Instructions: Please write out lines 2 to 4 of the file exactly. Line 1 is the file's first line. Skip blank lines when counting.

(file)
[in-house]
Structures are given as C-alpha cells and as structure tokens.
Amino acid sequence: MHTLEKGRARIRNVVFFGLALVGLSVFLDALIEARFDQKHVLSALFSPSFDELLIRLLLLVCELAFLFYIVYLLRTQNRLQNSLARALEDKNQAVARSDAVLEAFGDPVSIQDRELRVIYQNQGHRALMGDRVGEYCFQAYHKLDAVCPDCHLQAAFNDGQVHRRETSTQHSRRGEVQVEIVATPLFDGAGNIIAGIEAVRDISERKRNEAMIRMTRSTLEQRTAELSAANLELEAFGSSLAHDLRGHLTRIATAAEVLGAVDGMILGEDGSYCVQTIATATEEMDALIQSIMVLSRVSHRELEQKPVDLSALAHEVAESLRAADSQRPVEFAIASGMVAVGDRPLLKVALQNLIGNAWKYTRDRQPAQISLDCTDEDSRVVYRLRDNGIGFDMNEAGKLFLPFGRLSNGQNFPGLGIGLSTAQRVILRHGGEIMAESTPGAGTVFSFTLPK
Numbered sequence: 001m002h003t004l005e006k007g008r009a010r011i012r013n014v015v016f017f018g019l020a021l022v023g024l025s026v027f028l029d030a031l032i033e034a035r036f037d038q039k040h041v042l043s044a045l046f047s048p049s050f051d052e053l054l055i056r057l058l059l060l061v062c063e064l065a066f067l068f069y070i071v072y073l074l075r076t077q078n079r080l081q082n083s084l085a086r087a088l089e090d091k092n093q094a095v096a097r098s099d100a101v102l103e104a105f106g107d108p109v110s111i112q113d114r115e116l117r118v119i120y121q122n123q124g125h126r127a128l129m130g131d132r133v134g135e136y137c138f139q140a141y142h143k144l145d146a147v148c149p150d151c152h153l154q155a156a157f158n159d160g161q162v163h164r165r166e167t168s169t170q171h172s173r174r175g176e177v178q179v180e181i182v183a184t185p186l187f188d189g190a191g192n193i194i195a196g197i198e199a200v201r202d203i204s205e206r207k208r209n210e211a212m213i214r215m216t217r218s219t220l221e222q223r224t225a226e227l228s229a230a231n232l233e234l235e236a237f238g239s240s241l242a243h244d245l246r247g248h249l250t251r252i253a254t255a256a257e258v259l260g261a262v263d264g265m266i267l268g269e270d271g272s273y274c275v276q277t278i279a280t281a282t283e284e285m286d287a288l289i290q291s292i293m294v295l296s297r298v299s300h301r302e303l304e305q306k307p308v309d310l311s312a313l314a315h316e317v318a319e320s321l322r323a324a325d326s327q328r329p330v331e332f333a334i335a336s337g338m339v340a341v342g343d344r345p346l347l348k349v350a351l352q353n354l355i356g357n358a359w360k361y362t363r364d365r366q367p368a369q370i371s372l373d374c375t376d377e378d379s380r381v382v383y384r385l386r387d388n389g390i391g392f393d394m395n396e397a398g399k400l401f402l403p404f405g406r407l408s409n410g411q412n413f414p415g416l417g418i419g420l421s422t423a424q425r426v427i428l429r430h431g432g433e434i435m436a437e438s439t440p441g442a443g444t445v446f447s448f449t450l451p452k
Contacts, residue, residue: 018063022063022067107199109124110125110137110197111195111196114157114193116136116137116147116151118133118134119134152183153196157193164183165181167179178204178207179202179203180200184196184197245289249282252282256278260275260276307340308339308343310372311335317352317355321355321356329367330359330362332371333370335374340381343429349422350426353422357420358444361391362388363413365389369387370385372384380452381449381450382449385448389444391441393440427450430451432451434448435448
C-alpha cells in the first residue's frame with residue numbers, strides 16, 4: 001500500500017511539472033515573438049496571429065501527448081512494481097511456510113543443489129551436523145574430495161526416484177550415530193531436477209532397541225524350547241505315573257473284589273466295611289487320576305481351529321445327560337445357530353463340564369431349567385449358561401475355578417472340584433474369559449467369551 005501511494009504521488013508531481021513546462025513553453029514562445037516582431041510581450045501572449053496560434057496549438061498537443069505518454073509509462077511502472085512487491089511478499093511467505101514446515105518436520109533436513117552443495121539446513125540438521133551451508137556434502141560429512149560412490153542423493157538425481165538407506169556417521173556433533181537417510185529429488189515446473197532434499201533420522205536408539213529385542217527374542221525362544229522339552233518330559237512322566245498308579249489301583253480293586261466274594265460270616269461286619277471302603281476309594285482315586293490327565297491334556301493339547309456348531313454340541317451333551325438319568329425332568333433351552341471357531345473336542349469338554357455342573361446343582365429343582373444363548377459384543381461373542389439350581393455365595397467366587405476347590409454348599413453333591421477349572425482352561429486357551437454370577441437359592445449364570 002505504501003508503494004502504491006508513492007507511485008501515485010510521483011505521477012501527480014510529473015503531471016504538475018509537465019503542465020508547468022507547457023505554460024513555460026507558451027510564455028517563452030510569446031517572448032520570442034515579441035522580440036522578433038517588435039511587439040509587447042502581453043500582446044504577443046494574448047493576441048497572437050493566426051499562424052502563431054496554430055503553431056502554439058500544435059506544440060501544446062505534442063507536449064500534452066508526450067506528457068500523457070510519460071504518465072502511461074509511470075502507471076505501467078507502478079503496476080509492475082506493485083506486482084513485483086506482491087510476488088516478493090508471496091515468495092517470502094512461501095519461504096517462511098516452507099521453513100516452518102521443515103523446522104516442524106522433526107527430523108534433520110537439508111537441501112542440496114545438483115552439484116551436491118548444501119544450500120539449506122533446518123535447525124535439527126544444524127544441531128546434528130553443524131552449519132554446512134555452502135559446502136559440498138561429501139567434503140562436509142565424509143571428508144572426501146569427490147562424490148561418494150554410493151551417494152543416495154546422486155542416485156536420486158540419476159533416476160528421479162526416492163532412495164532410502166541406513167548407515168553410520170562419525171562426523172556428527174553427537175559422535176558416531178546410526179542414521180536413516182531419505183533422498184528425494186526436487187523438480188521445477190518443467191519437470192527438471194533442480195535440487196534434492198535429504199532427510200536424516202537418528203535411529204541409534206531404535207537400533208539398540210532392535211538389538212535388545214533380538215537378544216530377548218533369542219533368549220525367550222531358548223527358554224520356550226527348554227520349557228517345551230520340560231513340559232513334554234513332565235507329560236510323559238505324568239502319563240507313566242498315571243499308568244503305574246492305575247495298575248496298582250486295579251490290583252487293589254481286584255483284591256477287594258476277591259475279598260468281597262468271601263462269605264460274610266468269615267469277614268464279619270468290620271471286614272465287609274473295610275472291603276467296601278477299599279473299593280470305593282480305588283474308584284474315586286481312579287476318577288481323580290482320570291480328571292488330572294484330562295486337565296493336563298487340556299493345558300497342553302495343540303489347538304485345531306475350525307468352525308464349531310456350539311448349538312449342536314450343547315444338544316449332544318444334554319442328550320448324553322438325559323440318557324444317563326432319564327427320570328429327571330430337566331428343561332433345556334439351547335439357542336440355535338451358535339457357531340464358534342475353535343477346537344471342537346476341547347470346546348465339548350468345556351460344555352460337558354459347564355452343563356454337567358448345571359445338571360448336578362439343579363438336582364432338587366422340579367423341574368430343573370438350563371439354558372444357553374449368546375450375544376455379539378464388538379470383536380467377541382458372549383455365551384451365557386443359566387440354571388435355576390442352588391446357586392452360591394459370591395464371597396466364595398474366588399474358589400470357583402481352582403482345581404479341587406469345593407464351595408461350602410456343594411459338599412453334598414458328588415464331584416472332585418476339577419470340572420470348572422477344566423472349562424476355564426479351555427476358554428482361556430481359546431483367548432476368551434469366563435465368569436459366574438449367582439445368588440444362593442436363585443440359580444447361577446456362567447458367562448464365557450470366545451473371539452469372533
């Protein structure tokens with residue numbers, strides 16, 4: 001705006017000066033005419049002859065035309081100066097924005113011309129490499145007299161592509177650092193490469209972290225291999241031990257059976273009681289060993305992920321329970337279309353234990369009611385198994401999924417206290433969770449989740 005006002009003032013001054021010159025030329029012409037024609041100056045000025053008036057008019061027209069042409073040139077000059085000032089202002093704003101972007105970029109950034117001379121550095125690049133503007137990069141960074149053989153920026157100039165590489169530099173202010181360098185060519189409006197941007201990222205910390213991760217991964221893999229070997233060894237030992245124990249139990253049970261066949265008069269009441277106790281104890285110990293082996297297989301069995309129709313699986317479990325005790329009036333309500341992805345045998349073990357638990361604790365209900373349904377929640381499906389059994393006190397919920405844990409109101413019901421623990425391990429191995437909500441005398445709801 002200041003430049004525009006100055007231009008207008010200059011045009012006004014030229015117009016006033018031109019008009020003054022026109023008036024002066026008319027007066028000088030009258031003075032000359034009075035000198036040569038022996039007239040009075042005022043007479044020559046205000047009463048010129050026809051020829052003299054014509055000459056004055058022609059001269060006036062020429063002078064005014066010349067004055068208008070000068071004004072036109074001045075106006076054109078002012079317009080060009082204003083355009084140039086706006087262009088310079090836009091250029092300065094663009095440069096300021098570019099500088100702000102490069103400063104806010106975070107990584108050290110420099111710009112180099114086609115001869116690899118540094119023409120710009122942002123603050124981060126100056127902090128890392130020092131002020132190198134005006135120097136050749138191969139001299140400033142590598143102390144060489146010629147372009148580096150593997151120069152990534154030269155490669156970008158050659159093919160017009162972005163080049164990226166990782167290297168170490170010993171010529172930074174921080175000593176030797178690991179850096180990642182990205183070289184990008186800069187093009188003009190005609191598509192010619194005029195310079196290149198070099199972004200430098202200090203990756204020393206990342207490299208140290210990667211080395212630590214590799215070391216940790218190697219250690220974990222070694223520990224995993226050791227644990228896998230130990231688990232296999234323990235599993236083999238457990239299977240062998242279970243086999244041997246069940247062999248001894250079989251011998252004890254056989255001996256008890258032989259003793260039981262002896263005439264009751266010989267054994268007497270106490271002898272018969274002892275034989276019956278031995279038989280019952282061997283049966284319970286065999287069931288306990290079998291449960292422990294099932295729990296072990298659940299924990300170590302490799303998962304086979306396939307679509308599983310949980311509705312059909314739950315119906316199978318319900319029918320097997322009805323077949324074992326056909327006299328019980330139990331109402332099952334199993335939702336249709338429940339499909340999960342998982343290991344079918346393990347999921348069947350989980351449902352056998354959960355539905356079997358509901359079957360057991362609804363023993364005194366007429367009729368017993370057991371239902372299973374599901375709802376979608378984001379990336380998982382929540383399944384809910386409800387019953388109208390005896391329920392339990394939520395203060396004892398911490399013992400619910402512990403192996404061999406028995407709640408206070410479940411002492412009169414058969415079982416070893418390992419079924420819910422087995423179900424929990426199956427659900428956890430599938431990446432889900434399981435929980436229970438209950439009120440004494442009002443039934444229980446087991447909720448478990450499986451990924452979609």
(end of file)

Structures are given as C-alpha cells and as structure tokens.
Amino acid sequence: MHTLEKGRARIRNVVFFGLALVGLSVFLDALIEARFDQKHVLSALFSPSFDELLIRLLLLVCELAFLFYIVYLLRTQNRLQNSLARALEDKNQAVARSDAVLEAFGDPVSIQDRELRVIYQNQGHRALMGDRVGEYCFQAYHKLDAVCPDCHLQAAFNDGQVHRRETSTQHSRRGEVQVEIVATPLFDGAGNIIAGIEAVRDISERKRNEAMIRMTRSTLEQRTAELSAANLELEAFGSSLAHDLRGHLTRIATAAEVLGAVDGMILGEDGSYCVQTIATATEEMDALIQSIMVLSRVSHRELEQKPVDLSALAHEVAESLRAADSQRPVEFAIASGMVAVGDRPLLKVALQNLIGNAWKYTRDRQPAQISLDCTDEDSRVVYRLRDNGIGFDMNEAGKLFLPFGRLSNGQNFPGLGIGLSTAQRVILRHGGEIMAESTPGAGTVFSFTLPK
Numbered sequence: 001m002h003t004l005e006k007g008r009a010r011i012r013n014v015v016f017f018g019l020a021l022v023g024l025s026v027f028l029d030a031l032i033e034a035r036f037d038q039k040h041v042l043s044a045l046f047s048p049s050f051d052e053l054l055i056r057l058l059l060l061v062c063e064l065a066f067l068f069y070i071v072y073l074l075r076t077q078n079r080l081q082n083s084l085a086r087a088l089e090d091k092n093q094a095v096a097r098s099d100a101v102l103e104a105f106g107d108p109v110s111i112q113d114r115e116l117r118v119i120y121q122n123q124g125h126r127a128l129m130g131d132r133v134g135e136y137c138f139q140a141y142h143k144l145d146a147v148c149p150d151c152h153l154q155a156a157f158n159d160g161q162v163h164r165r166e167t168s169t170q171h172s173r174r175g176e177v178q179v180e181i182v183a184t185p186l187f188d189g190a191g192n193i194i195a196g197i198e199a200v201r202d203i204s205e206r207k208r209n210e211a212m213i214r215m216t217r218s219t220l221e222q223r224t225a226e227l228s229a230a231n232l233e234l235e236a237f238g239s240s241l242a243h244d245l246r247g248h249l250t251r252i253a254t255a256a257e258v259l260g261a262v263d264g265m266i267l268g269e270d271g272s273y274c275v276q277t278i279a280t281a282t283e284e285m286d287a288l289i290q291s292i293m294v295l296s297r298v299s300h301r302e303l304e305q306k307p308v309d310l311s312a313l314a315h316e317v318a319e320s321l322r323a324a325d326s327q328r329p330v331e332f333a334i335a336s337g338m339v340a341v342g343d344r345p346l347l348k349v350a351l352q353n354l355i356g357n358a359w360k361y362t363r364d365r366q367p368a369q370i371s372l373d374c375t376d377e378d379s380r381v382v383y384r385l386r387d388n389g390i391g392f393d394m395n396e397a398g399k400l401f402l403p404f405g406r407l408s409n410g411q412n413f414p415g416l417g418i419g420l421s422t423a424q425r426v427i428l429r430h431g432g433e434i435m436a437e438s439t440p441g442a443g444t445v446f447s448f449t450l451p452k